I am Livia
by Phyllis T. Smith
Nikki’s Rating: 6 out of 10
6 Insightful Things about Phyllis T. Smith’s I am Livia
(MAY CONTAIN SPOILERS)
1. Ancient Rome Historical Fiction
I really love historical fiction and I find Ancient Rome to be fascinating. Smith does an excellent job of painting the picture of Ancient Rome, the culture, politics, customs, and interests of her citizens, tying all these details into the story. Smith gives the readers enough background and information without the book reading as a history lesson.
2. Cleopatra and Anthony
Cleopatra and Anthony are mentioned but are not the main characters of the story. I really appreciate this because in most instances Cleopatra is a focal point in most Ancient Rome stories from this time period and of course for good reason, both Cleopatra and Anthony were prominent political rulers. However, they weren’t the only ones so I am thankful that they did not take the limelight in this novel. I also like that Smith took more of an effort to portray their relationship as a political arrangement more than a love affair, which I believe to be more realistic and closer to the actual truth.
3. I am Livia
I enjoyed that this novel was written from the point of view of Livia mostly because it was a different perspective. In all other historical fictions from this time and place that I have read, Livia is seen as a cold-hearted cunning bitch. I always imagined her as Lucretia from the Spartacus series. Regardless, “I am Livia” gave me a different perspective on Livia Drusilla and Smith makes a great point that Livia was most likely villianized simply for being a strong, independent woman ahead of her time.
Octavianus, Octavian, Augustus, or whatever you want to call him! Another person who I’ve come across in other historical fiction novels from this time and place, since he is the ruler of Rome at that time. Oh and sorry, he was not just the “ruler”, Octavian was the 1st Roman Emperor and therefore an asshole considering that he got his power through manipulation, military force, and some serious “negotiation” (the kind that if you don’t do what he wants he kills you, and your family, possibly anyone who even knew you). Great guy. Regardless, it was nice to see more of his character than I had experienced in the past and to see him from the point of view of someone who loved him, despite him being a bit terrifying and unstable.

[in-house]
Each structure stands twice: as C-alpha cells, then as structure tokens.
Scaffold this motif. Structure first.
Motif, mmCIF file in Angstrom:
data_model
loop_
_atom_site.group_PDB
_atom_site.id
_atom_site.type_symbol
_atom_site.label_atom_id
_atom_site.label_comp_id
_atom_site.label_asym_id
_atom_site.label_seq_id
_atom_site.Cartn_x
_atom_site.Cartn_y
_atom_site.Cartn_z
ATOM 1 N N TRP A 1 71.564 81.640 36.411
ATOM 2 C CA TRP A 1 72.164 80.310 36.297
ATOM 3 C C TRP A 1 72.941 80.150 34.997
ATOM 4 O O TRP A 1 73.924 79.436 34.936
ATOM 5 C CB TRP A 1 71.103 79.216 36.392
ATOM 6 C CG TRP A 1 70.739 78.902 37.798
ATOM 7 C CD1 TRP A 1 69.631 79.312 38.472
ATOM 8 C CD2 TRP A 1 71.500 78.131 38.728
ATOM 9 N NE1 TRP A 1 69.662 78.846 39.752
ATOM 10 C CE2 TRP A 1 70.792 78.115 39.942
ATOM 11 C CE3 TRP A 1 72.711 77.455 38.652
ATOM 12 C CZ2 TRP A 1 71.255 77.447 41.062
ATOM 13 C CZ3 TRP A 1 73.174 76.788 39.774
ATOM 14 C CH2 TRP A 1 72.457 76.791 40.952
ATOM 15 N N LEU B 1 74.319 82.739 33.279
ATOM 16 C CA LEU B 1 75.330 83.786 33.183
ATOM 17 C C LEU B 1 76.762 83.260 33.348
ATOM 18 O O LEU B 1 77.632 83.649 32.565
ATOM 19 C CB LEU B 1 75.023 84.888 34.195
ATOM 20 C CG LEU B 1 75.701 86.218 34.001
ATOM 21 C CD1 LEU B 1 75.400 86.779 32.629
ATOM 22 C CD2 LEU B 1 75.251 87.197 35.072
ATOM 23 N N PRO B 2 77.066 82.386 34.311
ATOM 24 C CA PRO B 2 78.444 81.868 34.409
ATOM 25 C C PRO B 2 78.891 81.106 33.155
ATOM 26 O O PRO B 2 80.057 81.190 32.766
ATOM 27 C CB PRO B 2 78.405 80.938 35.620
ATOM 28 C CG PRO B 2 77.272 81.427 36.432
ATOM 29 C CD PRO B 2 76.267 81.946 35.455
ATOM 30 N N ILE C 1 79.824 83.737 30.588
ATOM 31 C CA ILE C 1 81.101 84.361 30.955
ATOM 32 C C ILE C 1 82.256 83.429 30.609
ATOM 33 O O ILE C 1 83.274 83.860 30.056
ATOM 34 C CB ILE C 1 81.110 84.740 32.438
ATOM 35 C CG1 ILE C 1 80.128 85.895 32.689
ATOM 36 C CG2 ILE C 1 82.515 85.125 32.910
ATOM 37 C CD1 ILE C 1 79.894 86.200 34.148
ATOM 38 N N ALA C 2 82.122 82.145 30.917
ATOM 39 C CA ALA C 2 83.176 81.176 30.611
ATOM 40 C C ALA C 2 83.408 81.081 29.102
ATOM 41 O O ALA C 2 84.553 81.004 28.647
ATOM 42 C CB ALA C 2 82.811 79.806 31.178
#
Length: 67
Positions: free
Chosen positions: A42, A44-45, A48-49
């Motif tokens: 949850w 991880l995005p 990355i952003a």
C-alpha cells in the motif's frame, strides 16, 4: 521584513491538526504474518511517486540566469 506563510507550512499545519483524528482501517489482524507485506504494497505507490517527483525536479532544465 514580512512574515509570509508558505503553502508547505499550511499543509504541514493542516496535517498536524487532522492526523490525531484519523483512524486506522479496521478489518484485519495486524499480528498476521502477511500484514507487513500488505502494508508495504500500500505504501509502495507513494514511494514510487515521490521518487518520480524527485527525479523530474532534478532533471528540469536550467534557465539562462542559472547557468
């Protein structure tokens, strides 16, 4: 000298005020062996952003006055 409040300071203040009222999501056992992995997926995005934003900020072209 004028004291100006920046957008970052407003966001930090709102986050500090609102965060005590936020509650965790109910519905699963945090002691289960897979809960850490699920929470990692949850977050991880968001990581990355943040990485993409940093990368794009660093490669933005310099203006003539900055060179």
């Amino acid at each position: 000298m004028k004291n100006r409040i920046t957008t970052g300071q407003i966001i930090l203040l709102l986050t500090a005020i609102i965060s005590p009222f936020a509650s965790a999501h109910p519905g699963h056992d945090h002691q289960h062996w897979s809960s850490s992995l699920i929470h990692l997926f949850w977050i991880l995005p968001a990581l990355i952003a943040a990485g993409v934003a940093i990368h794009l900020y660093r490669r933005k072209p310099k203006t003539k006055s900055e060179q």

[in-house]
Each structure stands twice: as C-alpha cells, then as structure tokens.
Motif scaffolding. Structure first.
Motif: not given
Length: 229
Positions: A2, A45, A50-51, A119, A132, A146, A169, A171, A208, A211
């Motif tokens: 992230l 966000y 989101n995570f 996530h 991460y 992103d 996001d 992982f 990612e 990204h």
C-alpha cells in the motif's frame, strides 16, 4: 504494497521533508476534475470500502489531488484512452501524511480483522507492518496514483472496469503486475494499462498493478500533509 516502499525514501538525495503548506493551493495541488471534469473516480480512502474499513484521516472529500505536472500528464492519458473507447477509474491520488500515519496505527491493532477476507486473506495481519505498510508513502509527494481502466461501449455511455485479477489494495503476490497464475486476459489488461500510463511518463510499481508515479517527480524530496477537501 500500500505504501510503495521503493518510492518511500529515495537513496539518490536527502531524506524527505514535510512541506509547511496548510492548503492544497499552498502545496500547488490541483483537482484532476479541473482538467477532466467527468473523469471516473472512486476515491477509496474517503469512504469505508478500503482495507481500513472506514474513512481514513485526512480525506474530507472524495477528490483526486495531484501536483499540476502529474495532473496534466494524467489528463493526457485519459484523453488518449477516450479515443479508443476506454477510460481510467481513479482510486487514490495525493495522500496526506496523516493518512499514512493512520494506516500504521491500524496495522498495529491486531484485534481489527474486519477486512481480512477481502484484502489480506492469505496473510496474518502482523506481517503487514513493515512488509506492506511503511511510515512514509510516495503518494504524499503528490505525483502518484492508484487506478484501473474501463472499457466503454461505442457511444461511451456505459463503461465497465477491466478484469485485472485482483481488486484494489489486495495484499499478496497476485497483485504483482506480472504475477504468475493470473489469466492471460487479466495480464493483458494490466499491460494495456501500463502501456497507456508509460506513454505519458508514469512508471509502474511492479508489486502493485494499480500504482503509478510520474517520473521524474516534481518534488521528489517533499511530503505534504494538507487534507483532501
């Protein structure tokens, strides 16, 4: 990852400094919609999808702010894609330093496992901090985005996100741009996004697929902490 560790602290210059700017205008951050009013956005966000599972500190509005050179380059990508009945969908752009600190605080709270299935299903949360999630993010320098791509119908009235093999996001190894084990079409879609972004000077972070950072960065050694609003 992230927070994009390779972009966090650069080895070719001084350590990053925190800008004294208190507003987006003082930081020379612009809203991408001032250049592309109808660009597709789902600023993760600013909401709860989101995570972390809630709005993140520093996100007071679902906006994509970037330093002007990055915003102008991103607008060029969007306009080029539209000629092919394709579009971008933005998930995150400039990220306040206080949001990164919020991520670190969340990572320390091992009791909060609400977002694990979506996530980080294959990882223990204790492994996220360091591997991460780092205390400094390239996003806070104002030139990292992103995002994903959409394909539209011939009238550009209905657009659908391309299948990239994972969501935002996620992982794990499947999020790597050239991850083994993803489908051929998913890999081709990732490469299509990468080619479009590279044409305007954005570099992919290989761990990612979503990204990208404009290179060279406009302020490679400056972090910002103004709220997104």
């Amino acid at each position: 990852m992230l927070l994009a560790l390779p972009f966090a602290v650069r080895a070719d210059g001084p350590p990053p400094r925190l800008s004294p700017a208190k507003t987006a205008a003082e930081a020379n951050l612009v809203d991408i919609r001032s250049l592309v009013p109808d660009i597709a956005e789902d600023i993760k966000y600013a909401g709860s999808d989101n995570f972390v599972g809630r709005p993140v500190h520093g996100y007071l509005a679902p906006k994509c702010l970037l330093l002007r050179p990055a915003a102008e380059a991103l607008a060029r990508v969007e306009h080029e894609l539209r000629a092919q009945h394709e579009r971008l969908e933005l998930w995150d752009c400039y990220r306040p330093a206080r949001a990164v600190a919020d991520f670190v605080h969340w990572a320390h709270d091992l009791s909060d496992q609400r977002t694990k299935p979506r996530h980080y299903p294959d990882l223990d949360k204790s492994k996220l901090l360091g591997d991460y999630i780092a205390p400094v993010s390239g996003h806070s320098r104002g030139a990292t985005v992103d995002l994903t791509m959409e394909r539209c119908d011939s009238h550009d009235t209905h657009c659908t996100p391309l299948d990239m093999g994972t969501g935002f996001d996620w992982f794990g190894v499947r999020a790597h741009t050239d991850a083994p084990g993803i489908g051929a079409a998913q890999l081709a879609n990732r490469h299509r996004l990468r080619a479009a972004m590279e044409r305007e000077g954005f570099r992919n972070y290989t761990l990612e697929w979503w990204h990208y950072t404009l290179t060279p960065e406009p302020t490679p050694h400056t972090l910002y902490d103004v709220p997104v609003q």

5. Livia Drusilla
Livia is a bad-ass. Not only was she a political adviser to Augustus, which was unheard of for a woman to do, she was one of only two women who legally had control of her own money and assets during this time (the other woman being her sister-in-law Octavia Minor). As always, I really tend to lean towards novels with a strong female main character and “I am Livia” totally delivers. It is just extra cool that Livia was a real person and Smith does an amazing job of bringing her character to life. I love that Livia was ambitious, driven, independent, non-apologetic, and overall assertive.
6. Octavia Minor
As sister to Octavian and wife to Marc Anthony, Octavia Minor is another character that I’ve come across in other historical fiction novels from this time period. From other novels, I never had a good opinion of Octavia. Never saw her as a strong woman. Rather as a weak woman who was a pushover, trying to please everyone. After reading “I am Livia” I now view Octavia as another woman who attempted to influence politics when women had no say. I appreciate the fact that she was political mediator between her brother and husband, always looking for a way to avoid war, not an easy thing to do when you have two males with huge egos. And it definitely takes a strong, loving woman to care for children that are not only not her own but specifically from her husband’s other lovers.